Human Rights Issues

Xinjiang leak puts Uighurs in spotlight

Note4Students

From UPSC perspective, the following things are important :

Prelims level : Uighurs

Mains level : Blatant human rights violations worldwide and lobbying against India

A leak of thousands of photos and official documents from China’s Xinjiang has shed new light on the atrocious methods used to enforce mass internment in the region.

See the hypocrisy of so-called liberals who see farmers protest, anti-terror operations as a crackdown on human rights. These fundamentalists (in India and across the border) perceived CAA, NRC as the end of the World.

Cases like that of Uighurs, Kurds, Shias in Pakistan go unnoticed in the global arena as if they were second class humans, with no right to exist!

What is the leak about?

  • After initially denying their existence, Beijing has claimed the facilities are vocational training schools, attended voluntarily and aimed at stamping out religious extremism.
  • But the leaked documents give an insight into how leaders saw the minority population as a security threat.
  • Photos appear to show officers restraining hooded and shackled inmates with batons, while other guards wearing camouflage stand by with firearms.

Who are the Uighurs?

  • There are about 12 million Uighurs, mostly Muslim, living in north-western China in the region of Xinjiang, officially known as the Xinjiang Uyghur Autonomous Region (XUAR).
  • The Uighurs speak their own language, similar to Turkish, and see themselves as culturally and ethnically close to Central Asian nations.
  • They make up less than half of the Xinjiang population.
  • In recent decades, there’s been a mass migration of Han Chinese (China’s ethnic majority) to Xinjiang, and the Uighurs feel their culture and livelihoods are under threat.
  • In the early 20th Century, the Uighurs briefly declared independence, but the region was brought under complete control of mainland China’s new Communist government in 1949.

Where is Xinjiang?

  • Xinjiang lies in the north-west of China and is the country’s biggest region.
  • Like Tibet, it is autonomous, meaning – in theory – it has some powers of self-governance. But in practice, both face major restrictions by the central government.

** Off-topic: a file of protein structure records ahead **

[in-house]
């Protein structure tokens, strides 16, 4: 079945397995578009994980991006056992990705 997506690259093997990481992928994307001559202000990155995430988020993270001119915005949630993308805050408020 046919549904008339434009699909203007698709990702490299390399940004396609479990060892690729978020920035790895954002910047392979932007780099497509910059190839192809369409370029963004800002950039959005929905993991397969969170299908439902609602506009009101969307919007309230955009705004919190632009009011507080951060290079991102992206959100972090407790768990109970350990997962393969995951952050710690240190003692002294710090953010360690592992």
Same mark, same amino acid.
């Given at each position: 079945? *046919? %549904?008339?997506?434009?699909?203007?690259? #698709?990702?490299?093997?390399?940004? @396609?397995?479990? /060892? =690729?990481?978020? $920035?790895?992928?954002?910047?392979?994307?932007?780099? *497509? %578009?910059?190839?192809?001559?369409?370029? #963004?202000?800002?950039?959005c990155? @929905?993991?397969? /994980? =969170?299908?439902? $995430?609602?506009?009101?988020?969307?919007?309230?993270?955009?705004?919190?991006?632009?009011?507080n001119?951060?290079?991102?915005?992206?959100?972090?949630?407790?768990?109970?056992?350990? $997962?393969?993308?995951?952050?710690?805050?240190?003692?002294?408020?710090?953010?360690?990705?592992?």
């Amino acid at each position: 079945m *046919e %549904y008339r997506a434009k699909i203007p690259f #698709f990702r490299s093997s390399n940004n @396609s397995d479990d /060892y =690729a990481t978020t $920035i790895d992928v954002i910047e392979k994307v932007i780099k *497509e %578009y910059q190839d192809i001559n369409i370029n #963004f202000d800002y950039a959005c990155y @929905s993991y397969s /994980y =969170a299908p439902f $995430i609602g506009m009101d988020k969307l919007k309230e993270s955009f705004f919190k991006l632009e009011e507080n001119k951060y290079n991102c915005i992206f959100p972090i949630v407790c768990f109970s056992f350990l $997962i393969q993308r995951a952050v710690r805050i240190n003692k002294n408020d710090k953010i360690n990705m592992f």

• It is a mostly desert region, producing about a fifth of the world’s cotton.
  • It is also rich in oil and natural gas and because of its proximity to Central Asia and Europe is seen by Beijing as an important trade link.

Try this PYQ:

 

Q.Very recently, in which of the following countries have lakhs of people either suffered from severe famine/acute malnutrition or died due to starvation caused by war/ethnic conflicts?
(a) Angola and Zambia
(b) Morocco and Tunisia
(c) Venezuela and Colombia
(d) Yemen and South Sudan

 

Post your answers here.
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What was the build-up to the crackdown?

  • Anti-Han and separatist sentiment rose in Xinjiang from the 1990s, flaring into violence on occasion.
  • In 2009 some 200 people died in clashes in Xinjiang, which the Chinese blamed on Uighurs who want their own state.
  • Xinjiang is now covered by a pervasive network of surveillance, including police, checkpoints, and cameras that scan everything from number plates to individual faces.
  • According to Human Rights Watch, police are also using a mobile app to monitor peoples’ behaviour, such as how much electricity they are using and how often they use their front door.
  • Since 2017 when President Xi Jinping issued an order saying all religions in China should be Chinese in orientation, there have been further crackdowns.

Chinese narrative

  • China says the crackdown is necessary to prevent terrorism and root out Islamist extremism and the camps are an effective tool for re-educating inmates in its fight against terrorism.
  • It insists that Uighur militants are waging a violent campaign for an independent state by plotting bombings, sabotage and civic unrest.
  • China has dismissed claims it is trying to reduce the Uighur population through mass sterilizations as “baseless”, and says allegations of forced labour are “completely fabricated”.

 

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Krishan Sai
Krishan Sai
2 months ago
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PUJA SINGH
PUJA SINGH
2 months ago
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